18 December 1988 Apple grower helps PLO
By Julie Sullivan, Staff writer
From his apple orchards in Ephrata, a Palestinian-American doctor is offering olive branches from the Middle East. In a one-man public relations tour designed to polish the image of the Palestine Liberation Organization, Dr. Mohammad Said says the Palestinians’ pleas for peace are genuine. What happens now, he said, is up to the Israelis. “They have to respond positively and remove this brutal military occupation (of the West Bank),” said Said, a 50-year old family practitioner and American citizen since 1974. Last week, at the personal invitation of PLO Chairman Yasser Arafat, Said accompanied the PLO to Geneva as the only American member of the Palestinian delegation at the United Nations. Earlier this month, Said addressed the Palestine National Congress, the parliament in exile, at its meeting in Algiers, Algeria. Both invitations came in light of Said’s work on Arab-Israeli peace resolutions at the Washington state and national Democratic conventions. Last summer, Said co-authored a resolution that was adopted by the Democratic party of Washington. It called for Israel’s right to live in security and the Palestinians’ right to a homeland. The resolution was debated on the floor of the National Democratic convention in Atlanta. In Spokane on his way home from Geneva, Said said that as the PLO resumes talks with the United States, he will resume work on his resolution and try to get the Legislature to adopt it. “I am trying to educate people,” he said. “Our values as Americans call for self-determination. Well, it’s not just for South Africans, it’s for all people.” David Loud, a King County lawyer and delegate to the state Democratic convention lauded Said for his work. As a member of the Jewish community, Loud said Said’s call for peace in the Middle East was of worldwide importance. It has been more than 25 years since Said left Palestine to study medicine in Spain. But, his sister and cousins still live in the West Bank. His 11-year-old son is named Yasser.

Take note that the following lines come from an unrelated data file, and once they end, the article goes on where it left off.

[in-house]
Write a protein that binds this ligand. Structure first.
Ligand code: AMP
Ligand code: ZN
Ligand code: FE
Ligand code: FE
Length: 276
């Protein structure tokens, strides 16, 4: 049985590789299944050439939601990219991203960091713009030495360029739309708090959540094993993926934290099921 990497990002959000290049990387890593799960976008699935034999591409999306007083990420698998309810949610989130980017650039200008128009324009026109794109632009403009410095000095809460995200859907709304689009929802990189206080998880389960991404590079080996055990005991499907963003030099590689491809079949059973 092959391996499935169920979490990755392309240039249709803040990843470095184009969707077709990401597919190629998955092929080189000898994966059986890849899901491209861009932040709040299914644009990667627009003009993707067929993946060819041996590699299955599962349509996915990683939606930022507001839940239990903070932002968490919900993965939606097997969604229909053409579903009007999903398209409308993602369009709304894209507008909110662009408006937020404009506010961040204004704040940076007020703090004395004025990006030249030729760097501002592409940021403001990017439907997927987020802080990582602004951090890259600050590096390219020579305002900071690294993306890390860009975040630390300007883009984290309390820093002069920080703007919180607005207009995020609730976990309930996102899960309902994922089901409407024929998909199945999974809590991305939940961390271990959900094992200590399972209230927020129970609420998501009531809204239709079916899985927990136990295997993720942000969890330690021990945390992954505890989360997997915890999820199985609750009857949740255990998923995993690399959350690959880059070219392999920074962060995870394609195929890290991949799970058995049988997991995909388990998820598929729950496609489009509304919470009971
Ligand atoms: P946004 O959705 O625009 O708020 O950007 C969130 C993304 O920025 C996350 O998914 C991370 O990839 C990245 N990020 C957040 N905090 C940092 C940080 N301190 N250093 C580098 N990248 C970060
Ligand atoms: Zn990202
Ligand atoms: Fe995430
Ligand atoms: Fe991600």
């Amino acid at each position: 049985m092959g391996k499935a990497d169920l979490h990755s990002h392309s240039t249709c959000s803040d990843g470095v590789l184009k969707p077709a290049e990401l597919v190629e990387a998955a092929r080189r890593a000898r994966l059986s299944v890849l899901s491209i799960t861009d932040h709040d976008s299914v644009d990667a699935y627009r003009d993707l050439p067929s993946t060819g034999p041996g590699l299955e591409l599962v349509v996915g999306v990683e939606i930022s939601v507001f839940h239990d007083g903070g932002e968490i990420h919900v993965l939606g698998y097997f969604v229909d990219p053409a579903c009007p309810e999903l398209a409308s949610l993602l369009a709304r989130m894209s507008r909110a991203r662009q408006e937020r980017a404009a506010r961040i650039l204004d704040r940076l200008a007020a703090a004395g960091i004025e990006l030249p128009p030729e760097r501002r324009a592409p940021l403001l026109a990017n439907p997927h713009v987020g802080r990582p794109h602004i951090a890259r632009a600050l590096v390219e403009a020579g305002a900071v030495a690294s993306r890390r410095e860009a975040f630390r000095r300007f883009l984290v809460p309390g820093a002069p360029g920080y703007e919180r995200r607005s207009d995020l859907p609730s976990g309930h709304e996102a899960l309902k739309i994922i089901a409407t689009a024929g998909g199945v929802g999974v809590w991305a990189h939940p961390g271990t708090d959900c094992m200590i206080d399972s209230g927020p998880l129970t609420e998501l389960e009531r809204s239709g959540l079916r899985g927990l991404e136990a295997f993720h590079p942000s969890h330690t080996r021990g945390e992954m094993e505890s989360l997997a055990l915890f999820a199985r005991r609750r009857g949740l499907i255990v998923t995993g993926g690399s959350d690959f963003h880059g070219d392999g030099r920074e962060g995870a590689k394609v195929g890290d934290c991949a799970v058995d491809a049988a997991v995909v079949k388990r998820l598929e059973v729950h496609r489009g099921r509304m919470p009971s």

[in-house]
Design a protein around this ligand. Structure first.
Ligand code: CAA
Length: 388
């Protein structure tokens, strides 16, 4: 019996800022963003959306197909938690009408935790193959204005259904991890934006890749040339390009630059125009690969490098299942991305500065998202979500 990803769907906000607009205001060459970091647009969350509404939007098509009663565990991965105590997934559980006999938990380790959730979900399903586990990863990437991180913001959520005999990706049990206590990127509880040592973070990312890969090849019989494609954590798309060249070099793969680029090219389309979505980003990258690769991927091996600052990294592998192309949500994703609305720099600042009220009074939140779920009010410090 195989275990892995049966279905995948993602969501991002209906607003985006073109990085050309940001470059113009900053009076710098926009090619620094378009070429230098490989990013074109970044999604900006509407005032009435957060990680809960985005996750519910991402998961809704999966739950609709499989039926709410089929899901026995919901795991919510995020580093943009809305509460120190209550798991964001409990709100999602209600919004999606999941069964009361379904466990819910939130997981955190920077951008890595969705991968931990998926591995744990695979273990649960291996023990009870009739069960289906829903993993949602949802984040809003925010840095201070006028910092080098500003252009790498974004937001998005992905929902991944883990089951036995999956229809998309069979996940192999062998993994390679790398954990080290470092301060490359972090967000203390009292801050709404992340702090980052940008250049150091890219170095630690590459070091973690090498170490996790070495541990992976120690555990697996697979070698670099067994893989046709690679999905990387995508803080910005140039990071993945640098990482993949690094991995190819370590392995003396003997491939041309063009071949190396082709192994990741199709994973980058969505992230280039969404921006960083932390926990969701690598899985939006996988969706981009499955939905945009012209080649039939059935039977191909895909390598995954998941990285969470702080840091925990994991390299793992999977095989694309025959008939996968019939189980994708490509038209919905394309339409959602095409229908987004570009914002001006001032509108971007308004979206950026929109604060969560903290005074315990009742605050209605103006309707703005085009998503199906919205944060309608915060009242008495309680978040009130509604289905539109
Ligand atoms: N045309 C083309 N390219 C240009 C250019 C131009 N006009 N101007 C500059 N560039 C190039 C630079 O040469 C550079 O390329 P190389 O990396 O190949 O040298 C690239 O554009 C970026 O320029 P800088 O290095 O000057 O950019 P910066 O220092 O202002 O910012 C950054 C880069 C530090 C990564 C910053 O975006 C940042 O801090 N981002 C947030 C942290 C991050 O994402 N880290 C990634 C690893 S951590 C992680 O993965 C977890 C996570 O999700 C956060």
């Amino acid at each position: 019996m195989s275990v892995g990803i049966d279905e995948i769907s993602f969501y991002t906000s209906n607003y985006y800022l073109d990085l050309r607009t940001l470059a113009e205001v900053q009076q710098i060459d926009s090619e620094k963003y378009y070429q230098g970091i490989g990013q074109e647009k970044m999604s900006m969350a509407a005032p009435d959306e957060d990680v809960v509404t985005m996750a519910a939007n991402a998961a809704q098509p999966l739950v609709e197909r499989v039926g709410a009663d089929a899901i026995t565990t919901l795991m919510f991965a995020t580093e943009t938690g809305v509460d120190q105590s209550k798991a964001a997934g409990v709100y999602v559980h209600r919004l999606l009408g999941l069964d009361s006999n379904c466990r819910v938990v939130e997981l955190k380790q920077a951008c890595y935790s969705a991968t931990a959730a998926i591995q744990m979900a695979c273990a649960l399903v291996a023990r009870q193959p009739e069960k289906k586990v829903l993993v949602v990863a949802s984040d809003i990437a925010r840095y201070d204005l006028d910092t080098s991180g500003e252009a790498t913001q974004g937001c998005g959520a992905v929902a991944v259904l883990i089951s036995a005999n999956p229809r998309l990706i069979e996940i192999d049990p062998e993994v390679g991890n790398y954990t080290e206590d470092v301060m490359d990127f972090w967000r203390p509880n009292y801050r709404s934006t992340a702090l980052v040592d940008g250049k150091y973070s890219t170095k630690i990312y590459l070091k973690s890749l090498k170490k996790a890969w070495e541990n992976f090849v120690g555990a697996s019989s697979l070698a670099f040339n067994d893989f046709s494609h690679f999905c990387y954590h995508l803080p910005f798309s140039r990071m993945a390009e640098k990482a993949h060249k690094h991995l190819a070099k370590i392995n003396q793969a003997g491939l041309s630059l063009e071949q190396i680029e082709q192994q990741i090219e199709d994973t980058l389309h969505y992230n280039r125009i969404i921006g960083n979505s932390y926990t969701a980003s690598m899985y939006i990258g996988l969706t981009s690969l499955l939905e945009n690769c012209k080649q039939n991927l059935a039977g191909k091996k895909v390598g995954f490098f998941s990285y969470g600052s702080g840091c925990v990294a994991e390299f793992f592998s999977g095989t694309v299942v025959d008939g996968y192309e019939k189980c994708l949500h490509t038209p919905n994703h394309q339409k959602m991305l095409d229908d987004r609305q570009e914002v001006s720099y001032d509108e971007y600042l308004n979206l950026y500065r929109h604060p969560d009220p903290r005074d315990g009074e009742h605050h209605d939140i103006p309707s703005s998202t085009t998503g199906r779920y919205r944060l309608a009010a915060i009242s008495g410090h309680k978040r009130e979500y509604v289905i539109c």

Said said Americans don’t understand the Palestinian suffering in the West Bank. Americans call the Israeli treatment of the Palestinians defensive acts, but he says it’s state terrorism. Like Arafat, Said does not see the bloodshed ending soon. Arafat’s denunciation of terrorism and acknowledgement of Israel’s right to co-exist comes after almost a year of intefadeh, the popular Palestinian uprising in the West Bank and Gaza against the Israeli occupation. Said said the suffering under intefadeh has been so great that the PLO was forced to consider peaceful resolution to the conflict.
It’s probable that Arafat’s life is in peril because of the recent peace proposals, he said. “You will always find a splinter group which tries to damage the peace process from both the Arabs and the Jews.” But, he added, even if something did happen to Arafat, the move to resolve the conflicts would go on. “It’s a Palestinian commitment,” he said. “The peace process will continue.” Born in Haifa, and raised on the West Bank, Said left Palestine in 1082. He immigrated to Canada and then to the United States in 1974. Since 1982, he has practiced internal, family and geriatric medicine in Ephrata.
“On the national platform committee of the Democratic party, he helped find common ground with opponents,” said Loud. ’It’s made a difference.”
“I will not go back to Palestine,” Said said. “But I have a stake in this peace process. I want my relatives there to have the dignity and happiness that I do in this country.”